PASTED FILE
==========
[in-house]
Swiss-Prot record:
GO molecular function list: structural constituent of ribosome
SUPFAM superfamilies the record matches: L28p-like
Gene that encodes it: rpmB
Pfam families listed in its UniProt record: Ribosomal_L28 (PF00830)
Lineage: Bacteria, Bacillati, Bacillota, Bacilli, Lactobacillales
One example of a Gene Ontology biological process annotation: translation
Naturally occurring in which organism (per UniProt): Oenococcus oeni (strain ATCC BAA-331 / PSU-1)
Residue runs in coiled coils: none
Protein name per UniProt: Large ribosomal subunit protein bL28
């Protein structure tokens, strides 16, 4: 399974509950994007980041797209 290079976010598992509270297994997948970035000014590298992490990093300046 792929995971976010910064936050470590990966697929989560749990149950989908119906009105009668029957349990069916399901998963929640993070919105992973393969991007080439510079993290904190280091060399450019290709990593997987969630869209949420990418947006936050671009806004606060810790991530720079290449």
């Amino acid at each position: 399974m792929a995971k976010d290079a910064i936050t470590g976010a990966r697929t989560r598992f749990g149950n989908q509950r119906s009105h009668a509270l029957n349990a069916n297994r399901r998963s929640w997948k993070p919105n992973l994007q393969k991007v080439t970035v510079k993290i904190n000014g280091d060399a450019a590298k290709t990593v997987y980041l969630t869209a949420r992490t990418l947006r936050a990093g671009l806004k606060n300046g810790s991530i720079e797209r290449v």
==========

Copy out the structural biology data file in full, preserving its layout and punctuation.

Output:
[in-house]
Swiss-Prot record:
GO molecular function list: structural constituent of ribosome
SUPFAM superfamilies the record matches: L28p-like
Gene that encodes it: rpmB
Pfam families listed in its UniProt record: Ribosomal_L28 (PF00830)
Lineage: Bacteria, Bacillati, Bacillota, Bacilli, Lactobacillales
One example of a Gene Ontology biological process annotation: translation
Naturally occurring in which organism (per UniProt): Oenococcus oeni (strain ATCC BAA-331 / PSU-1)
Residue runs in coiled coils: none
Protein name per UniProt: Large ribosomal subunit protein bL28
């Protein structure tokens, strides 16, 4: 399974509950994007980041797209 290079976010598992509270297994997948970035000014590298992490990093300046 792929995971976010910064936050470590990966697929989560749990149950989908119906009105009668029957349990069916399901998963929640993070919105992973393969991007080439510079993290904190280091060399450019290709990593997987969630869209949420990418947006936050671009806004606060810790991530720079290449």
């Amino acid at each position: 399974m792929a995971k976010d290079a910064i936050t470590g976010a990966r697929t989560r598992f749990g149950n989908q509950r119906s009105h009668a509270l029957n349990a069916n297994r399901r998963s929640w997948k993070p919105n992973l994007q393969k991007v080439t970035v510079k993290i904190n000014g280091d060399a450019a590298k290709t990593v997987y980041l969630t869209a949420r992490t990418l947006r936050a990093g671009l806004k606060n300046g810790s991530i720079e797209r290449v």